Journal of Educational Psychology 2002, Vol. 94, No.

3, 638 – 645

Copyright 2002 by the American Psychological Association, Inc. 0022-0663/02/$5.00 DOI: 10.1037//0022-0663.94.3.638

Revision of Achievement Goal Theory: Necessary and Illuminating
Judith M. Harackiewicz
University of Wisconsin—Madison

Kenneth E. Barron
James Madison University

Paul R. Pintrich
University of Michigan

Andrew J. Elliot and Todd M. Thrash
University of Rochester

C. Midgley et al. (2001) raised important questions about the effects of performance-approach goals. The present authors disagree with their characterization of the research findings and implications for theory. They discuss 3 reasons to revise goal theory: (a) the importance of separating approach from avoidance strivings, (b) the positive potential of performance-approach goals, and (c) identification of the ways performance-approach goals can combine with mastery goals to promote optimal motivation. The authors review theory and research to substantiate their claim that goal theory is in need of revision, and they endorse a multiple goal perspective. The revision of goal theory is underway and offers a more complex, but necessary, perspective on important issues of motivation, learning, and achievement.

In a recent article in Journal of Educational Psychology, Midgley, Kaplan, and Middleton (2001) focused on the question of whether performance-approach goals are adaptive and if so, whether they are uniformly adaptive or adaptive only under certain conditions. Midgley et al. (2001) made a number of cogent and important points about the nature of goal theory and research on performance-approach goals, and we compliment them for highlighting crucial avenues for future research. However, Midgley et al. (2001) concluded by claiming unequivocally that there is no need to revise goal theory: “Is there evidence of the need to adopt a revised goal theory perspective (Harackiewicz, Barron, & Elliot, 1998; Pintrich, 2000b)? We do not think so” (p. 83). In contrast, the present authors, representing three different research programs, believe that recent theoretical developments and empirical findings warrant a revision of goal theory that is both necessary, given the data, and illuminating, given the prospect for a richer understanding of motivational dynamics. Accordingly, in this response we suggest that recent theorizing has identified three important reasons to revise goal theory: (a) the importance of separating approach from avoidance strivings (Elliot, 1997; Elliot & Harackiewicz, 1996; Pintrich, 2000c), (b) the unique positive potential of performance-approach goals, relative to mastery goals (Harackiewicz et al., 1998), and (c) identification of the ways in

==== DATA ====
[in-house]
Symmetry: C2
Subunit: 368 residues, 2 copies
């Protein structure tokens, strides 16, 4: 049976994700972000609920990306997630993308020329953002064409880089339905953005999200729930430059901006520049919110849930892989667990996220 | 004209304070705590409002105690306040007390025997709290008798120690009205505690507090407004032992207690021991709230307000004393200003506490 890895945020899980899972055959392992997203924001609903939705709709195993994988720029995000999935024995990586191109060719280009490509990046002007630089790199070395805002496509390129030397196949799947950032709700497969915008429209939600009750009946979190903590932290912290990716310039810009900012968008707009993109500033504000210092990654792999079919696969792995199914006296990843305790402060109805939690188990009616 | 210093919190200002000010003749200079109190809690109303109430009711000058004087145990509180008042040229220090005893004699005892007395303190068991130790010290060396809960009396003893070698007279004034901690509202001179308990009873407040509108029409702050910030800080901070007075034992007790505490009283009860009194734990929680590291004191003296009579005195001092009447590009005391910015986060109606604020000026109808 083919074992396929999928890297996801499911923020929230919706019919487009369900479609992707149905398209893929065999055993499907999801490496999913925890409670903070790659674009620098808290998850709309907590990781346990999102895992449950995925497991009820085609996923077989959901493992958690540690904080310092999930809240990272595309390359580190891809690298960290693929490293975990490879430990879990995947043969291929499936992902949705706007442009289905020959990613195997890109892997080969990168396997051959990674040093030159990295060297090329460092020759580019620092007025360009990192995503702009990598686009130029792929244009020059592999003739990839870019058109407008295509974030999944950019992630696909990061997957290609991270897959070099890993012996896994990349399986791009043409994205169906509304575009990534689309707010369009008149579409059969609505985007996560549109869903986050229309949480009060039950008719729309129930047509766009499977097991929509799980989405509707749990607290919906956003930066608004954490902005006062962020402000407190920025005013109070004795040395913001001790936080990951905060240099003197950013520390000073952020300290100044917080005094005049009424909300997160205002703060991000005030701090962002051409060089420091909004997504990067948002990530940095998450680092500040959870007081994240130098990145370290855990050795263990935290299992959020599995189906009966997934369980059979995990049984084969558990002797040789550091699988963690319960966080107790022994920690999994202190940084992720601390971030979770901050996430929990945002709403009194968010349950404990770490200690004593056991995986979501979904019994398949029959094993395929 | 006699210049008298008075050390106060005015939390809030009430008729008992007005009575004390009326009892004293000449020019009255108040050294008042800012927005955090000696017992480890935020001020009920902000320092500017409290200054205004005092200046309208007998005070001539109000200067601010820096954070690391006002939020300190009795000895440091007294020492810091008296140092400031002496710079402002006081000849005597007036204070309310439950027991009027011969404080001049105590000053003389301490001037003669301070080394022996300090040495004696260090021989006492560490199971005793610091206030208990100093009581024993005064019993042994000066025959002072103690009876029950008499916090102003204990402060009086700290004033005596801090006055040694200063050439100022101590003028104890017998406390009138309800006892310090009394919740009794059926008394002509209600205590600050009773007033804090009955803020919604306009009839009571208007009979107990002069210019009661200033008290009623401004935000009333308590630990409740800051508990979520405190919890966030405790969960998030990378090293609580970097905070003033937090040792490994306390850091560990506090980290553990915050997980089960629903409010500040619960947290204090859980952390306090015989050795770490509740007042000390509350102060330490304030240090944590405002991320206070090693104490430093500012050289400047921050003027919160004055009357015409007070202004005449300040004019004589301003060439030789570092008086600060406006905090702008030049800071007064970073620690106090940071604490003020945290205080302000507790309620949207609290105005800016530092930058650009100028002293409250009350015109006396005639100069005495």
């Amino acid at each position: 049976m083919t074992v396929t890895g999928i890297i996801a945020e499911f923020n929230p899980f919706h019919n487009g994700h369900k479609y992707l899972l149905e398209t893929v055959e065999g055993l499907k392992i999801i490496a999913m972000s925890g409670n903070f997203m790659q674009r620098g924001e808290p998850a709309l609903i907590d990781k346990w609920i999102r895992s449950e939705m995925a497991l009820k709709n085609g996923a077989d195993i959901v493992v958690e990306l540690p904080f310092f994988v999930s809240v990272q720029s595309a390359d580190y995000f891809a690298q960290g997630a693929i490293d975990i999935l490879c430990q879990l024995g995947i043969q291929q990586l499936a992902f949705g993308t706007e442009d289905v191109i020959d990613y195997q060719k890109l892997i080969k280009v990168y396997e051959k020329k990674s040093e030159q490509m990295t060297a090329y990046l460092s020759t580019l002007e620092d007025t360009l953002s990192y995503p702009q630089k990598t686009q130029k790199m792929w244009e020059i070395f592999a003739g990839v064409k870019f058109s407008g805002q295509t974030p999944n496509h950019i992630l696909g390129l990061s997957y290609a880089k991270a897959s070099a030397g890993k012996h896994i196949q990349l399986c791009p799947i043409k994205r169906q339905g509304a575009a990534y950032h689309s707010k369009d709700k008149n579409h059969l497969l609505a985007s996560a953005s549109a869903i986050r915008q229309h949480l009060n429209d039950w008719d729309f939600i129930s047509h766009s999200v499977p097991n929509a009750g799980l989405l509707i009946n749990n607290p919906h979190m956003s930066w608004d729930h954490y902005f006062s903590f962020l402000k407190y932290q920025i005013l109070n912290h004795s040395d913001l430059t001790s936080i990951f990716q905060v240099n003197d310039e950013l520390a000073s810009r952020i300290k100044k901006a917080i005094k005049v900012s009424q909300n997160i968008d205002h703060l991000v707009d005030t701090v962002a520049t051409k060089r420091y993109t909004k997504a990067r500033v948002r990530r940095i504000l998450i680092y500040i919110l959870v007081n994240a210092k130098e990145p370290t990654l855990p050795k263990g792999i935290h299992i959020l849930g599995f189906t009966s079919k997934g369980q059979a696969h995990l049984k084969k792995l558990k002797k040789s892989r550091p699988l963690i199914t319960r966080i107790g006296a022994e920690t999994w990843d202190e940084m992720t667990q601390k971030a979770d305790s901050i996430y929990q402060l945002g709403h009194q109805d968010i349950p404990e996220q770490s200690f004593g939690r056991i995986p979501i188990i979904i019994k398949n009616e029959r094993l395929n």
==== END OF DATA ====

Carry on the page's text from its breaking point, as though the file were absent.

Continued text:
which performance-approach goals can combine with mastery goals to promote optimal motivation (Barron & Harackiewicz, 2000, 2001; Pintrich, 2000b). These new theoretical perspectives have generated hypotheses that move beyond dichotomous mastery versus performance goal comparisons to a multiple goal perspective that has enriched our understanding of motivation and achievement.

Separating Approach From Avoidance Strivings
A cornerstone of the multiple goal perspective is the distinction between performance-approach and performance-avoidance goals. This stands in contrast to what we will refer to as normative goal theory, where the basic distinction is a dichotomy between a mastery goal construct and a performance goal construct. Mastery goals represent a focus on learning and self-improvement, and performance goals represent a more general concern with demonstrating ability and trying to do better or not appear worse than others (Ames, 1992; Dweck & Leggett, 1988). As Midgley et al. (2001) rightly pointed out, it was not until recently that theory and research suggested there are important differences between approach and avoidance forms of performance goals. Performanceapproach and performance-avoidance goals are two functionally separate goals leading to different outcomes, with performanceavoidance goals linked with maladaptive outcomes (Elliot, 1997, 1999; Elliot & Church, 1997; Elliot & Harackiewicz, 1996), and performance-approach goals linked with some adaptive outcomes, especially achievement (Elliot, 1999; Harackiewicz et al., 1998). The key theoretical point is that there are important reasons to distinguish between approach and avoidance forms of performance goals. Although it is important to avoid a proliferation of constructs in motivation research, it is also important to maintain distinctions between constructs when they reflect important and functional differences (Pintrich, 2000a). Midgley et al. (2001) accepted this revision of goal theory and have made use of it in their own empirical work (Midgley et al., 1998). However, there seems to be an internal inconsistency in the Midgley et al. (2001)